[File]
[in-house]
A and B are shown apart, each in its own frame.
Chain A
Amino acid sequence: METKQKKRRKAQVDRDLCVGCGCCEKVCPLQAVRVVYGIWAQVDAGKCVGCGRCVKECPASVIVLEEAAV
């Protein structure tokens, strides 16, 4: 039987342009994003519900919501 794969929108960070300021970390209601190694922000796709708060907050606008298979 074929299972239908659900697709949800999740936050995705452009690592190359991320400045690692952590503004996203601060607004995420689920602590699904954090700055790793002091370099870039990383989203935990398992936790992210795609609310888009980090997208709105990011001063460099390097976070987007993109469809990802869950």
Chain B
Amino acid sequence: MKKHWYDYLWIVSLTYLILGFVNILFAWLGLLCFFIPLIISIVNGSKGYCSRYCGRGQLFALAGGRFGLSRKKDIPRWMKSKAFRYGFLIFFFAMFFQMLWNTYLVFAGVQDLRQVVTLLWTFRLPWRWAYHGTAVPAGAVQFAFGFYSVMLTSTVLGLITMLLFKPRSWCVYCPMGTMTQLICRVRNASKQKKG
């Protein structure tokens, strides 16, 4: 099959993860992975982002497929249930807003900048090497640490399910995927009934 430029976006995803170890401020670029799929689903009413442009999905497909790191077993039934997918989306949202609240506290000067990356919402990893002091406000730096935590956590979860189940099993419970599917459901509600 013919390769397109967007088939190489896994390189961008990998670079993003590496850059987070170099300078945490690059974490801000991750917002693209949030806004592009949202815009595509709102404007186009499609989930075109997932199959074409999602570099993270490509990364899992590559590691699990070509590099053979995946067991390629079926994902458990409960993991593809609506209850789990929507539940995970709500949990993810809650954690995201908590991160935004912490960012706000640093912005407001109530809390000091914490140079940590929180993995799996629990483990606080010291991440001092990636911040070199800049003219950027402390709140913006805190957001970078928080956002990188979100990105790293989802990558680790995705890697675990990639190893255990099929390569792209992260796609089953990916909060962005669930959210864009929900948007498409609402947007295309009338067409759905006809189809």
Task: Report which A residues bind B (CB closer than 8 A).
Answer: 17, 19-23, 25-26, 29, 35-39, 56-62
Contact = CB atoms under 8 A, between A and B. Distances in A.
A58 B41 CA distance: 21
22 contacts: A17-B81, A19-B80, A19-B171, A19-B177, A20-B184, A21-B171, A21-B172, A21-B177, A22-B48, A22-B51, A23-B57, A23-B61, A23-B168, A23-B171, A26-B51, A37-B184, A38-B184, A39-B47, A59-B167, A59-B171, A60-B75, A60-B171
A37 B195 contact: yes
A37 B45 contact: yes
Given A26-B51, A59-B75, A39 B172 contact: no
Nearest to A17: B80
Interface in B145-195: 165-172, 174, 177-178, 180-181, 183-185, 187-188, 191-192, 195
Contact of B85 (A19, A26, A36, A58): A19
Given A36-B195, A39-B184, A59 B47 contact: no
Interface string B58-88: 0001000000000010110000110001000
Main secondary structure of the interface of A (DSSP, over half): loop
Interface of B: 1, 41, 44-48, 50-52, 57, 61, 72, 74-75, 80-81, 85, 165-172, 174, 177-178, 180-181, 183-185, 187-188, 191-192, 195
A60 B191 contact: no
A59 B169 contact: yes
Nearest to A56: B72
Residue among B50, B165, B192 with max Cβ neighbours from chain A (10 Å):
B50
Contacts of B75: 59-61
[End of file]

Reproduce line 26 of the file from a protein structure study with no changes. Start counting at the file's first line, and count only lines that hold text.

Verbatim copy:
Nearest to A56: B72